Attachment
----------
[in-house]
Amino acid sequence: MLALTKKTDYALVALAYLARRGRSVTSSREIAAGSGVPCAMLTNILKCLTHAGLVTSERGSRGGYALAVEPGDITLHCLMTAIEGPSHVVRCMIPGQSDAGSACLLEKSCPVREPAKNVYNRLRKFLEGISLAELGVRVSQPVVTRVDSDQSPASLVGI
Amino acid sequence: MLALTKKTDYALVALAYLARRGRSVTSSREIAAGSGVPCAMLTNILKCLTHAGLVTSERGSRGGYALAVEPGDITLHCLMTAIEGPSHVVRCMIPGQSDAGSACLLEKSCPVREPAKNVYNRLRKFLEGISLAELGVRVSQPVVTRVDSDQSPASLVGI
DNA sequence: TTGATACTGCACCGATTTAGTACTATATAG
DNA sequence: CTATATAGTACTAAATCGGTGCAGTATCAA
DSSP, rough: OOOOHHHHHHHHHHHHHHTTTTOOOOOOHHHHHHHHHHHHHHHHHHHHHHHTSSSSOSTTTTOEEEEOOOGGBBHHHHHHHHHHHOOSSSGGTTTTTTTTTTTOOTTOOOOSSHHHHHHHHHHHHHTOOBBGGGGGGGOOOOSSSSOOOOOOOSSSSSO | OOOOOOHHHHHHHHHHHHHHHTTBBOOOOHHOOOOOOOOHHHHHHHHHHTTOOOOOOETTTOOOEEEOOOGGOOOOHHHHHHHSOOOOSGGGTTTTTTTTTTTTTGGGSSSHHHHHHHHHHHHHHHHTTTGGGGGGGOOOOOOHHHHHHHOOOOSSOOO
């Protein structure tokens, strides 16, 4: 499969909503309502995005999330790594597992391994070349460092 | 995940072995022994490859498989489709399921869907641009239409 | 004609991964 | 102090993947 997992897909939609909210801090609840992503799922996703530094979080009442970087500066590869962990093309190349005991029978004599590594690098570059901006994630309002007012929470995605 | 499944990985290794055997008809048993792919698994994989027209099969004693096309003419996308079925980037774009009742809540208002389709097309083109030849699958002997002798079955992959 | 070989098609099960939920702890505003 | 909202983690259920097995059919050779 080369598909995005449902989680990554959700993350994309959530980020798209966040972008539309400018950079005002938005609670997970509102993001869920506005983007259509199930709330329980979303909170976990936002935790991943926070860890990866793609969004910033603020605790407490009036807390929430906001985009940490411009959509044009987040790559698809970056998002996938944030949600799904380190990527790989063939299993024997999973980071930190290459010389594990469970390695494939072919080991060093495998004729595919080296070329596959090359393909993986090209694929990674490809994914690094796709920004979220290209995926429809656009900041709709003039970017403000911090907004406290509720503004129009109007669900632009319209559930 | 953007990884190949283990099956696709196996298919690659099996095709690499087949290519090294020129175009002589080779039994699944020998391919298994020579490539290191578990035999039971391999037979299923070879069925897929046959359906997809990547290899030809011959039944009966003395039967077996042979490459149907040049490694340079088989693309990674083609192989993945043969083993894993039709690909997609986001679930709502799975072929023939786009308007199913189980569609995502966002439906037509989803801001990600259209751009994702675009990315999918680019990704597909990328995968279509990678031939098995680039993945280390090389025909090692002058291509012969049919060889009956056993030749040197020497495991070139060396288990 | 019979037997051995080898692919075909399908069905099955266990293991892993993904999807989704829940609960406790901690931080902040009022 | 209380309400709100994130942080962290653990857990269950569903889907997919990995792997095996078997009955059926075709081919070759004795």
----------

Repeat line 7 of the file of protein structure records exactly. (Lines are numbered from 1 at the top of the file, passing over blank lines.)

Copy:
């Protein structure tokens, strides 16, 4: 499969909503309502995005999330790594597992391994070349460092 | 995940072995022994490859498989489709399921869907641009239409 | 004609991964 | 102090993947 997992897909939609909210801090609840992503799922996703530094979080009442970087500066590869962990093309190349005991029978004599590594690098570059901006994630309002007012929470995605 | 499944990985290794055997008809048993792919698994994989027209099969004693096309003419996308079925980037774009009742809540208002389709097309083109030849699958002997002798079955992959 | 070989098609099960939920702890505003 | 909202983690259920097995059919050779 080369598909995005449902989680990554959700993350994309959530980020798209966040972008539309400018950079005002938005609670997970509102993001869920506005983007259509199930709330329980979303909170976990936002935790991943926070860890990866793609969004910033603020605790407490009036807390929430906001985009940490411009959509044009987040790559698809970056998002996938944030949600799904380190990527790989063939299993024997999973980071930190290459010389594990469970390695494939072919080991060093495998004729595919080296070329596959090359393909993986090209694929990674490809994914690094796709920004979220290209995926429809656009900041709709003039970017403000911090907004406290509720503004129009109007669900632009319209559930 | 953007990884190949283990099956696709196996298919690659099996095709690499087949290519090294020129175009002589080779039994699944020998391919298994020579490539290191578990035999039971391999037979299923070879069925897929046959359906997809990547290899030809011959039944009966003395039967077996042979490459149907040049490694340079088989693309990674083609192989993945043969083993894993039709690909997609986001679930709502799975072929023939786009308007199913189980569609995502966002439906037509989803801001990600259209751009994702675009990315999918680019990704597909990328995968279509990678031939098995680039993945280390090389025909090692002058291509012969049919060889009956056993030749040197020497495991070139060396288990 | 019979037997051995080898692919075909399908069905099955266990293991892993993904999807989704829940609960406790901690931080902040009022 | 209380309400709100994130942080962290653990857990269950569903889907997919990995792997095996078997009955059926075709081919070759004795």